co2 ppm for cannabis

How to increase the carbon dioxide concentration for cannabis?

Growpackage Eco Farm
Nov 28, 2019 · 6 min read

How to use CO2 in cannabis grows is one of the many questions that we’re frequently asked. CO2 is essential for cannabis plants and every other plant, as to them CO2 is like oxygen and they need it to survive. Cannabis plants can deal with CO2 levels of up to 600% the amount that there naturally is in the air around us. Basically, it makes their cells multiply much faster, so if you use extra CO2 during the flowering period you’ll get buds that are much thicker than usual which, if done correctly, makes for a much bigger yield.

I f you don’t use CO2 in the right way you could end up with yellowing plants, or long stretched out plants with hardly any buds. You’re going to need to know what you’re doing to implement CO2 correctly. There are many systems that can be used to get more CO2 into your crop; beginner systems that are used as a little extra boost and don’t require much care, and then professional systems that measure the PPM of CO2 that there is in the atmosphere. Professional systems are obviously much more effective and efficient than beginner ones, but they also require more work and attention.

You can use any way of dispensing CO2, connected to a CO2 controller that will shut off the flow of CO2 once it reaches a certain level, and open it again once it gets too low. If all you have is a normal CO2 meter, you can still control the CO2 levels by opening and closing a solenoid valve using a timer. (Solenoid valves are valves that are opened and closed with an electromagnetic charge). Whichever kind of system you use, you must know the exact PPM (parts per million) of CO2 in your grow room.

CO2 needs to be introduced into your room through a silicone tube, with one outlet per plant near the bottom of the trunk. You can also use a 2m tube to go around the grow area with holes facing the center, towards the plants.

Once everything’s installed and ready to go, you’ll need to know exactly how to use CO2. Well, it’s used in the flowering period from the 21st day onwards, once the buds start to take shape and are slowly popping up at the tips of all of the branches. You’ll need to change your air filtration so that the extractor only works for around 15 minutes an hour because if it’s left on it will get rid of all of the CO2 and all of the effort will have been for nothing. You can use another timer to program the CO2 controller so that it doesn’t turn on when the extractor is on. CO2 should only be administered when the lights are on, as the extraction should be on constantly when the lights are off.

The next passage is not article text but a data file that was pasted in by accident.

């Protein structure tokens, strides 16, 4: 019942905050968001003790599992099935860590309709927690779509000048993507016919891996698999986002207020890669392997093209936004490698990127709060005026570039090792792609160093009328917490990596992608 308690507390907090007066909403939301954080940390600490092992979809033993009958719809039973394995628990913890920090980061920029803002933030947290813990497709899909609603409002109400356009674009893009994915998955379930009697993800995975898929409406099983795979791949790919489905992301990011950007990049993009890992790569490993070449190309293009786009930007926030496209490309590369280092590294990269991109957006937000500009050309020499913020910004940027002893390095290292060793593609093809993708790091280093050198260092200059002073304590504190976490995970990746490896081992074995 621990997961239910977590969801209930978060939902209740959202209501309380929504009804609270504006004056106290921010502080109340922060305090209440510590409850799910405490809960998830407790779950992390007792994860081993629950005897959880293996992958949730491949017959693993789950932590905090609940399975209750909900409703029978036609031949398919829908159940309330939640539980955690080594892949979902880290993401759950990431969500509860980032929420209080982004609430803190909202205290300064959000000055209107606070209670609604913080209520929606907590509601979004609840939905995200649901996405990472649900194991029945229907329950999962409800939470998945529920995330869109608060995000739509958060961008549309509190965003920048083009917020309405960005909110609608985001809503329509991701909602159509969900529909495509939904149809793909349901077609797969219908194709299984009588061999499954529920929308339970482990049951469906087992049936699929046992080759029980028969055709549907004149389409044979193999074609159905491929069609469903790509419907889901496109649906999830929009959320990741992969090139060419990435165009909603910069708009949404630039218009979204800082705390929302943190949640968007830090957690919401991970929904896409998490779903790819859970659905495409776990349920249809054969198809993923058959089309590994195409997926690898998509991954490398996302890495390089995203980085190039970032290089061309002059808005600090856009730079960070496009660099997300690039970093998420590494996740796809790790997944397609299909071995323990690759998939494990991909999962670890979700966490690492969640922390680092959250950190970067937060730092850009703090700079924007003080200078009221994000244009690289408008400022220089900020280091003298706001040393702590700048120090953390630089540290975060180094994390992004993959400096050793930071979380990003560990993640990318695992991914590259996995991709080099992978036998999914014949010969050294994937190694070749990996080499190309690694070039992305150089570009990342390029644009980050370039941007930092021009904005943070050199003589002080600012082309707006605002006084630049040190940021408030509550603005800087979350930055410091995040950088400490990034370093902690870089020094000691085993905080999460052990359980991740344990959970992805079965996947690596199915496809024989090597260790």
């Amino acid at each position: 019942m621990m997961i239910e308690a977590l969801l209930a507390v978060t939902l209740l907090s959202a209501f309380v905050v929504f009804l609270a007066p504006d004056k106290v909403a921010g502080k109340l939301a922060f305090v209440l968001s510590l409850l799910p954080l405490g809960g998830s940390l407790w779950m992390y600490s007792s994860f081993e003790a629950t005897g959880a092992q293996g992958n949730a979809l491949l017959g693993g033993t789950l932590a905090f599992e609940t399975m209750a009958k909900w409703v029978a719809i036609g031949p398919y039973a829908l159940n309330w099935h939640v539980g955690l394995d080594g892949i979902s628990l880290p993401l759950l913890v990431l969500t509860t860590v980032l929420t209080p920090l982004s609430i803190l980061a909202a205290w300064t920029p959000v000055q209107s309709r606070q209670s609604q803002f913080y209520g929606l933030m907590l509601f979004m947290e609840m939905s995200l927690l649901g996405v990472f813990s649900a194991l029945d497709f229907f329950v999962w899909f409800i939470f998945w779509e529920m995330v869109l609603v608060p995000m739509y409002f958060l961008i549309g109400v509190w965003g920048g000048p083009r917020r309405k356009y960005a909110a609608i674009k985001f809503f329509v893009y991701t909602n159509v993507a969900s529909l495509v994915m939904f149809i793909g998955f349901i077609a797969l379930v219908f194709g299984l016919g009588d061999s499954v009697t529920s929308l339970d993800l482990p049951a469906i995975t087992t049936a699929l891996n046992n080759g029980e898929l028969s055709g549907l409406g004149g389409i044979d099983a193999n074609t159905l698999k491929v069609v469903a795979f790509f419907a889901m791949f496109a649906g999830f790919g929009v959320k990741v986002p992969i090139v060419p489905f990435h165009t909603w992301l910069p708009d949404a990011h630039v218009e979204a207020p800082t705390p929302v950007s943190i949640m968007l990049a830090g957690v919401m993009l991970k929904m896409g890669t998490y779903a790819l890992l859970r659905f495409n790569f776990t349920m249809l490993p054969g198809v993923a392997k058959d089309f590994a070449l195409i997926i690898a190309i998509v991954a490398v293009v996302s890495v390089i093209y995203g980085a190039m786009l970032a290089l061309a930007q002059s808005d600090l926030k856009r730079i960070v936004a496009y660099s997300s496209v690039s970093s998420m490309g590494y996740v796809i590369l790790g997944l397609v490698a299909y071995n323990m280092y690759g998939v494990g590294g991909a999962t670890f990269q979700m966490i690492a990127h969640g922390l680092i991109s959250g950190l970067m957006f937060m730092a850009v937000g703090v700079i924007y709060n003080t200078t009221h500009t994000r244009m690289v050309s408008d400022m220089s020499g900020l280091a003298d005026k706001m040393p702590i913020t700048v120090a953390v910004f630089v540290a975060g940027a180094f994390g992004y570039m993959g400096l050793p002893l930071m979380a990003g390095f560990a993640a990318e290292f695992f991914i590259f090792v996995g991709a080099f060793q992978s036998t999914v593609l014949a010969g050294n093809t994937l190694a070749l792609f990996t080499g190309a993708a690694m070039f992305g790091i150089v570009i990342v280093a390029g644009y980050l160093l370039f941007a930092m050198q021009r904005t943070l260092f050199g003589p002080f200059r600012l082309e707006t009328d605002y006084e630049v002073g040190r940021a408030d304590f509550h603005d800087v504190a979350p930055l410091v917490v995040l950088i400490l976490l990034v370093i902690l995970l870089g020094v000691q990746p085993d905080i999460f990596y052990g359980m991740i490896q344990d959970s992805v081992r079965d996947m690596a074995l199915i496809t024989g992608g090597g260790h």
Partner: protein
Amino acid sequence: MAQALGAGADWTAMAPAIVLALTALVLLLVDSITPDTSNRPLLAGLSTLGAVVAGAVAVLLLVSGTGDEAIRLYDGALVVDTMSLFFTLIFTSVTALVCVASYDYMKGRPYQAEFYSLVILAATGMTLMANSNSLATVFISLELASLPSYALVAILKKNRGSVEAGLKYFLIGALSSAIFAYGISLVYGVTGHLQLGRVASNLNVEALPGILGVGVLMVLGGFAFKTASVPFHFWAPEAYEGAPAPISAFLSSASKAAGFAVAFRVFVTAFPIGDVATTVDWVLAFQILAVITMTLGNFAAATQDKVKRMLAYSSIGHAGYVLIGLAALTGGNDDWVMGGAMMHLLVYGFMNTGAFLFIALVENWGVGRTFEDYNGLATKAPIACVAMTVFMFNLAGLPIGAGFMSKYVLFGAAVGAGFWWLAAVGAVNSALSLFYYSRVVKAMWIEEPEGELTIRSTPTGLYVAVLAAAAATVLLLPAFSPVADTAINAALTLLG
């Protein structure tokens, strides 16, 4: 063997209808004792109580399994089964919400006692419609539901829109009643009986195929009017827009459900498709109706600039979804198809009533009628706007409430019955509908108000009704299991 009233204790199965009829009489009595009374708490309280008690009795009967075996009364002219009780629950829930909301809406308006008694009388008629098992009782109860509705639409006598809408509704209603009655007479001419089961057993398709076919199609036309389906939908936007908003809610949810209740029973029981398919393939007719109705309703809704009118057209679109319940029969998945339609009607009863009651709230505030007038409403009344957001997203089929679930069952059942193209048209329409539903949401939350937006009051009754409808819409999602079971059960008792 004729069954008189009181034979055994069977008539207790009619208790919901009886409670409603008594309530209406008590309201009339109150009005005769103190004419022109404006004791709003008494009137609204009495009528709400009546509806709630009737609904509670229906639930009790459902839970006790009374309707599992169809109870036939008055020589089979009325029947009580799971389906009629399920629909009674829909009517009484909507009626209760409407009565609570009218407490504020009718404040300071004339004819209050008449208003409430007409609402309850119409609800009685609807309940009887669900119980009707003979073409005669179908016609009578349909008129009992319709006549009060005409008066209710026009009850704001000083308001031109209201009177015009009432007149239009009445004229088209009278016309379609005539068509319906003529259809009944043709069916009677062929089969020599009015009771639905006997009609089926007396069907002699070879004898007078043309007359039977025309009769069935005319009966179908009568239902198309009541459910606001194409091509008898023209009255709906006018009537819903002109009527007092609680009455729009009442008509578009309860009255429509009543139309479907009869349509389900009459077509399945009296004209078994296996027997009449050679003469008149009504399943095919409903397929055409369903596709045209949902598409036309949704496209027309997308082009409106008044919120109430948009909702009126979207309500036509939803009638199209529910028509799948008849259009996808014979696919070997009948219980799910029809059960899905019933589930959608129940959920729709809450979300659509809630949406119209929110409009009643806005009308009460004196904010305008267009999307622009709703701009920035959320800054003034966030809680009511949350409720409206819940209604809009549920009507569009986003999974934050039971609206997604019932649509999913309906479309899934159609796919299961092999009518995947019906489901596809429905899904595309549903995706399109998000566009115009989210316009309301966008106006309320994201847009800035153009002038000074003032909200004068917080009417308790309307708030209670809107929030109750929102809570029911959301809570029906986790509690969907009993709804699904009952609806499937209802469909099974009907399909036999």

CO2 increases your plants cell walls and multiplies them rapidly, but make sure that you fertilize them also as they’ll end up light and pretty down looking if they get a lot of CO2 but not any nutrition. They’ll also need a slightly higher heat than usual, around 28–32ºC so that the water in the leaves can evaporate slightly faster and the plants can absorb the nutrients straight away. Basically, we want the plants to absorb the nutrients but get rid of the water fast. You’ll need a dehumidifier to lower the ambient humidity to normal levels, because once the temp is raised and your plants begin evaporating water, humidity levels will raise a lot.

Pros and Cons of Using CO2 for Growing Cannabis

Benefits of Adding Extra CO2

  • Bigger Yields, Faster Growth — If you’ve maxed out the other limiting factors (especially light), CO2 can make your plants grow up to 20% faster, produce bigger plants, and enhance your yields.
  • Higher Temperature is Okay — Maintaining 1200–1500 PPM of CO2 in the grow area allows growers to keep temperatures much higher than normal, up to 95°F (30°C). For growers with hot bright lights, this can make it easier to keep temps at a range their plants will like.
  • Security — CO2 enrichment can be beneficial for security if you seal your grow room since you’re not venting out smelly air. Certain methods of adding CO2 like using a CO2 generator will also create natural smells that help cover up the smell of cannabis directly.